©Rikki Niblett
FastPass
©Rikki Niblett

Well, it appears that some interesting changes are coming for some Walt Disney World Resort Hotel Guests in regards to FastPass+.

Beginning January 12, Guests staying at select resorts (though rumors are indicating it’s for those staying Club Level at the Walt Disney World Deluxe Resorts, at Disney’s Polynesian Village Resort’s bungalows, and at the Copper Creek Villa Cabins at Disney’s Wilderness Lodge) will have the ability to purchase three more FastPass+ reservations to use on a given day, if they so choose. The additional FastPass+ reservations can be purchased for an extra $50 plus tax per Guest per day. These Guests must have purchased a 3 day or longer theme park ticket or have an annual pass. What is nice though is that if you have the Park Hopper option, you can make your extra three selections in more than one theme park. Also of note, FastPass+ attractions that are chosen cannot be repeated during a single day.

Another perk, these Guests will also receive one per day preferred viewing locations for the Walt Disney World nighttime spectaculars. Guests can choose from Happily Ever After at the Magic Kingdom, Illuminations: Reflections of Earth at Epcot, Fantasmic! at Disney’s Hollywood Studios and Rivers of Light at Disney’s Animal Kingdom. Advanced reservation is required and availability of each nighttime spectacular preferred viewing location is limited.

Oh and those who add on these additional FastPasses will be able to take advantage of a 90 day booking window for these three additional FastPass reservations. Normally Walt Disney World Resort Hotel Guests can book their FastPasses 60 days in advance.

This offer does not change the way FastPass+ reservations work for day Guests. All theme park Guests with valid theme park admission will continue to receive up to three FastPass+ selections at a single park per day at no extra charge, as well as additional day-of in-park selections that may be reserved and redeemed one-at-a-time after those initial three selections are redeemed.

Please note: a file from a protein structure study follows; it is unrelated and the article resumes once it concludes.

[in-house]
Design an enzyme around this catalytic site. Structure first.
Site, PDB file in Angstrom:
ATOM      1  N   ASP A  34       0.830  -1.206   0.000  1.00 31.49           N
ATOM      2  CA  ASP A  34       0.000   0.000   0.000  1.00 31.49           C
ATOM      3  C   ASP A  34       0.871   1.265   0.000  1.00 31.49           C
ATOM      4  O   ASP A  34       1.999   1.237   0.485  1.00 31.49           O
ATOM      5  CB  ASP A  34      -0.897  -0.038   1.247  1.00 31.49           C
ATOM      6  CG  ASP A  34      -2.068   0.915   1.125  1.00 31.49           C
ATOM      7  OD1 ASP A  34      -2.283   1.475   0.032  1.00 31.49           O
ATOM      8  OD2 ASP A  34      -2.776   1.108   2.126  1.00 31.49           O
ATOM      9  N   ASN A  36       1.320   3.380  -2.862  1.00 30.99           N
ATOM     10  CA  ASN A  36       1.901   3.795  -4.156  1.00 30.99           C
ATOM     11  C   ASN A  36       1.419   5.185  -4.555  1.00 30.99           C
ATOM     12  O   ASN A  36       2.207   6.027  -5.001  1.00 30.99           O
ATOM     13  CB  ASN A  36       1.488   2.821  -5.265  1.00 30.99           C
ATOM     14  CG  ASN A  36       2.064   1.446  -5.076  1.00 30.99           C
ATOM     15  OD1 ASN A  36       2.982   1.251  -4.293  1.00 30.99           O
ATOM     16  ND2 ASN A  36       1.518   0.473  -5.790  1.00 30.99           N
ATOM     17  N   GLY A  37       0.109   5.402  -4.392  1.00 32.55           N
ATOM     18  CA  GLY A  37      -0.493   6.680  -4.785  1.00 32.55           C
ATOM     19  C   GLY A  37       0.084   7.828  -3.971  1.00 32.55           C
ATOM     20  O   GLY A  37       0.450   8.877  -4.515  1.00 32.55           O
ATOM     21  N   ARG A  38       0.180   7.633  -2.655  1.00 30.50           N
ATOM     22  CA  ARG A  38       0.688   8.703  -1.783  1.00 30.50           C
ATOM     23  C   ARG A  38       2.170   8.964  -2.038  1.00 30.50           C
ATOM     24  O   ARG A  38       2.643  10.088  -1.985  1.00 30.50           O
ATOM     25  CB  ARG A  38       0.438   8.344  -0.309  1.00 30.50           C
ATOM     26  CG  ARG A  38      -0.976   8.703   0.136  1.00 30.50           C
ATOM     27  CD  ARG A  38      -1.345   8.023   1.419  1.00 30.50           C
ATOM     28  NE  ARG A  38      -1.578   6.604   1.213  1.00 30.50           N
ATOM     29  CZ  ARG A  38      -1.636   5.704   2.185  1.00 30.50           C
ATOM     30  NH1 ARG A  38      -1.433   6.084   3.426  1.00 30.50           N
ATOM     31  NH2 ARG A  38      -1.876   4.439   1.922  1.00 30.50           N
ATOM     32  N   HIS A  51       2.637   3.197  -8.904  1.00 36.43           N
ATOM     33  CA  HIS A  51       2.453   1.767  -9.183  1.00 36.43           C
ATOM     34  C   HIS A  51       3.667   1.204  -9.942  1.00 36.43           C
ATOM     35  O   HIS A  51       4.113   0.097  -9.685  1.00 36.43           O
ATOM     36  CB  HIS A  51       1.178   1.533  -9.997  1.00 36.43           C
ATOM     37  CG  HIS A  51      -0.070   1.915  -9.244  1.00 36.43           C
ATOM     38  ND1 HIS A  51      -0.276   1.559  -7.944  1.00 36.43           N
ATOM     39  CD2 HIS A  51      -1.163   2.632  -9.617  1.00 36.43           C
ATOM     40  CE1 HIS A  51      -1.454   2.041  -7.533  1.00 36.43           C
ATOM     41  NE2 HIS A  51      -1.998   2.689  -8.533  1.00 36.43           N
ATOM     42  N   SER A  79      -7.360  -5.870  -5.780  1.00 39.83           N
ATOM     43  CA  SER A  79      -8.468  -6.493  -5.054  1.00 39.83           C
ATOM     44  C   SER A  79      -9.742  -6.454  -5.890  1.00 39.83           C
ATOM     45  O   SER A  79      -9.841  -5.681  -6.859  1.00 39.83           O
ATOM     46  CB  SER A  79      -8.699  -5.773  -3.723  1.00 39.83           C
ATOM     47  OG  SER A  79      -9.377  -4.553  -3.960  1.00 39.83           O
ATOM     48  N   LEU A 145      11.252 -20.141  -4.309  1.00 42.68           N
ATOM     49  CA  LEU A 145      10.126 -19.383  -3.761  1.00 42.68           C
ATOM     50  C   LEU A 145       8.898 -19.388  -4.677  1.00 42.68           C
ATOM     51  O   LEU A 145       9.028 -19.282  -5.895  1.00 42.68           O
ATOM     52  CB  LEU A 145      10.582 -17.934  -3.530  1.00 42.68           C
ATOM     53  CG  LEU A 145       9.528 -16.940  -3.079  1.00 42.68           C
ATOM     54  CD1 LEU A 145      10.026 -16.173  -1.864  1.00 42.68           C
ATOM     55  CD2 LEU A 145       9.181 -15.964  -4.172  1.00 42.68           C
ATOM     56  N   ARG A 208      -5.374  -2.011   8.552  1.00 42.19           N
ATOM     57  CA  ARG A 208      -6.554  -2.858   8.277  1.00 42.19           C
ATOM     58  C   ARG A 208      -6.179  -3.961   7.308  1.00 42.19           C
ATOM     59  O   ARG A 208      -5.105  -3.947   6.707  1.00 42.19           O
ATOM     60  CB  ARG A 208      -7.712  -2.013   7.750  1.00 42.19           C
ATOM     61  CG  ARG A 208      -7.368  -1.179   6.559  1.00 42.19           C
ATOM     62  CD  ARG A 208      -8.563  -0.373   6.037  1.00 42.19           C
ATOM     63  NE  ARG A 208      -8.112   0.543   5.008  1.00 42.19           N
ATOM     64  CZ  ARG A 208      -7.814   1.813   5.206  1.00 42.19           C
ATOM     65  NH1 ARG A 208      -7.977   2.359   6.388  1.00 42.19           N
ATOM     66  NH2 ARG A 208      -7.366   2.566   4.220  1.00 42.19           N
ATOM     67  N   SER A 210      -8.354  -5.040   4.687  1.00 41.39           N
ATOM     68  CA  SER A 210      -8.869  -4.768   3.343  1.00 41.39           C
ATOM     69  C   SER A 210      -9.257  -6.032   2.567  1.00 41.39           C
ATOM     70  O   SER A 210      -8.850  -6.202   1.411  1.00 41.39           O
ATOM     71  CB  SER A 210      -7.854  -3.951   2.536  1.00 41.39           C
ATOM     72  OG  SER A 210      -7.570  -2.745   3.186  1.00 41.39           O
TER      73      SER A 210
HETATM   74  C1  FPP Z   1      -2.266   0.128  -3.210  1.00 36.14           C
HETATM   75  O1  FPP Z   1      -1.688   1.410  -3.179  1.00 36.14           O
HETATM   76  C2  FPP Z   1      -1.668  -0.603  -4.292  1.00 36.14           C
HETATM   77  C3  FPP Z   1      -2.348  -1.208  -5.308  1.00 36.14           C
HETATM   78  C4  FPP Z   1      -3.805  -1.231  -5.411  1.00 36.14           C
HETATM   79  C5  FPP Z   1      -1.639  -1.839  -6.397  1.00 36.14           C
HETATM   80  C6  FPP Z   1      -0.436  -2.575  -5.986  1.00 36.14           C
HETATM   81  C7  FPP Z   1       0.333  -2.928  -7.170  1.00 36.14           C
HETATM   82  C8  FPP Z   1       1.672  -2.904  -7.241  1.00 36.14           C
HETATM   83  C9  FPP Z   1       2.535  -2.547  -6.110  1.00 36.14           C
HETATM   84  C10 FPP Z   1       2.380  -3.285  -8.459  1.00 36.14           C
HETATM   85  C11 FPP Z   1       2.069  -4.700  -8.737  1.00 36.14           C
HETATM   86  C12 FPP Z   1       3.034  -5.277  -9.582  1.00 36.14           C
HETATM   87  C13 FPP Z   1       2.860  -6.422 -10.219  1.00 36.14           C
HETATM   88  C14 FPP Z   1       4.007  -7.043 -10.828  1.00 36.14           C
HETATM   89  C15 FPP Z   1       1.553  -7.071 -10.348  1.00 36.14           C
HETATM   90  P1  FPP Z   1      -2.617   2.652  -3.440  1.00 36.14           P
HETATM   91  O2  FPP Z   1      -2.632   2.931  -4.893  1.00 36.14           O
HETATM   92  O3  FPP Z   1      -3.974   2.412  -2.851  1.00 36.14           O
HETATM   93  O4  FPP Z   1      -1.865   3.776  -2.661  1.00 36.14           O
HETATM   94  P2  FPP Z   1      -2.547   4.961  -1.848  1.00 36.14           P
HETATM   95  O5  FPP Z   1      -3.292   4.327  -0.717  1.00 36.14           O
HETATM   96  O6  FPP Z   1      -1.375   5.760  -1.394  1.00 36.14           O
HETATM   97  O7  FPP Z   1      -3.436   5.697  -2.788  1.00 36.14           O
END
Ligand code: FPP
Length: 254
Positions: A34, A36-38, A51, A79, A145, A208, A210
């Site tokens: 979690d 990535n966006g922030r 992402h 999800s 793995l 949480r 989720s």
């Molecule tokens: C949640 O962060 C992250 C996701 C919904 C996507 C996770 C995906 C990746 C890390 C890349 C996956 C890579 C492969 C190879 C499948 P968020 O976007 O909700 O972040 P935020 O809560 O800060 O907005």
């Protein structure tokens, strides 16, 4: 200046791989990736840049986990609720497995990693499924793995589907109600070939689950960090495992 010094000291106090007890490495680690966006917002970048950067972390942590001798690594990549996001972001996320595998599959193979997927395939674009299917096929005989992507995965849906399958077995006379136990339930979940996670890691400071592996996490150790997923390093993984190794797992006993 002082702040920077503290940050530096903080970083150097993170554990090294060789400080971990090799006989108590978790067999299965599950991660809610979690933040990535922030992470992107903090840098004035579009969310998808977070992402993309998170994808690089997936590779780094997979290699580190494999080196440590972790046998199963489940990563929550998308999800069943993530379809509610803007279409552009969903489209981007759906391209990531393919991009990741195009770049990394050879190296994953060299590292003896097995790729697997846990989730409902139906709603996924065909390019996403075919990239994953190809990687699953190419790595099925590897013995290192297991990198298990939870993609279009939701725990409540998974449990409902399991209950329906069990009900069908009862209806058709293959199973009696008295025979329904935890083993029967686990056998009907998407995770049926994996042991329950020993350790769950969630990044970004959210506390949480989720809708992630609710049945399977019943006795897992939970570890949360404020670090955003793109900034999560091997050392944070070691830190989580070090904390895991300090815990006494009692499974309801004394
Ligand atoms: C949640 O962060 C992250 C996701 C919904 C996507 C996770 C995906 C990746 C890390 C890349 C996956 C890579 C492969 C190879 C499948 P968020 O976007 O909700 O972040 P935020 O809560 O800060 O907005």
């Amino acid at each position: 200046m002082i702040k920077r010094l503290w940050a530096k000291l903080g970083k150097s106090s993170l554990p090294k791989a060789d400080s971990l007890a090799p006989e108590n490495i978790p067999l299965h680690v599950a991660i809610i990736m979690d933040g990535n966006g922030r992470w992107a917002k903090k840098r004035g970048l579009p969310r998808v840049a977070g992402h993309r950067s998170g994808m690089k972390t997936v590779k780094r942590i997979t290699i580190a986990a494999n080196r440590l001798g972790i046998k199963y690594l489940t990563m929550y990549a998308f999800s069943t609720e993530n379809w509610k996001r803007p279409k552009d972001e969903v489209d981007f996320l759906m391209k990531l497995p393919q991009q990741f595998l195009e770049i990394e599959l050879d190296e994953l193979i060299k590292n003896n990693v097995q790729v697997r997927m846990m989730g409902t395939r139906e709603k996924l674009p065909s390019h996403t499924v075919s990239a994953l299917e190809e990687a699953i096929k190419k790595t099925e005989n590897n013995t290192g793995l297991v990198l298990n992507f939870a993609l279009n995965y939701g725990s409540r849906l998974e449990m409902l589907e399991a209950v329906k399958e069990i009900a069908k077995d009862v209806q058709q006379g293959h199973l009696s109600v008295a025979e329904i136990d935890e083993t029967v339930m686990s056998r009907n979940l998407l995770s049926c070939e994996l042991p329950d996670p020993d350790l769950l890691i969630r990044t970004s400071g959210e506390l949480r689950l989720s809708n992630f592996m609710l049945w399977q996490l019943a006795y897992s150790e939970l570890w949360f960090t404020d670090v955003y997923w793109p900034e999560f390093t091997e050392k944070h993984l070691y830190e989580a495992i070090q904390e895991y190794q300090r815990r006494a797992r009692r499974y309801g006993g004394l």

This is billed as a test, so this option could end at any time.

27 COMMENTS

  1. Wow. Just another way for them to suck more money out of people. Granted, people don’t HAVE to do this, but wow – $50 per day per person! Thought, I guess if it is restricted to just people staying in expensive resorts in the most expensive club level, then they can probably afford the extra cost anyway. But for me, I’ll stick to using a good Touring Plan to keep my line wait times to a minimum!

  2. This annoys me, in that WDW is once again taking something that used to be free, or to which everyone had equal access (unlimited, one-at-a-time Fastpasses under the old system, and even the 4th-and-subsequent FP+ that you can get now) and giving them to those wealthy (or poor and foolish) people who want to pay more for them. Fastpasses have always “subject to availability,” but allowing the well-off to grab up twice as many will diminish that availability for those who can only afford the 3 FP+ that came with their ticket. If WDW is going no nickel-and-dime people, at least invent a new privilege and charge people for it. Don’t take what used to be free, and then charge people for it (or diminish its value for those who can’t pay more).

    • This is a good point! This will take away from the pool of available fastpasses to those that are not paying. Unless the paid fastpasses are not taken out of that pool. For that matter, if I were to pay for it, I’d be pretty pissed if I couldn’t get the ones I wanted because other people got them first.

      • Yes, it will have to come out of the available FP pool, right? There’s already so much allocated to FPs, I can’t even imagine where they could take more out of standby. But maybe this program will be limited. Anyone know the total capacity of all the club level rooms on property? What % will be taking advantage of this, even?

        And I guess it’s *not* actually monetizing something already free….the 3 FPs we get now are still there. But splitting hairs here. The Mouse keeps on squeezing that turnip!

  3. If people want to pay extra then that’s their choice. The 90 day window though gives them a huge advantage over everyone else. Guess we will have to wait and see if it limits availability for the rest of us. Annual passholders without a resort reservation already find it impossible to book a FP for Flight of Passage and some others at peak times. This could really make a lot of people unhappy if they can’t even get something 60 days out because of the 90 day advantage.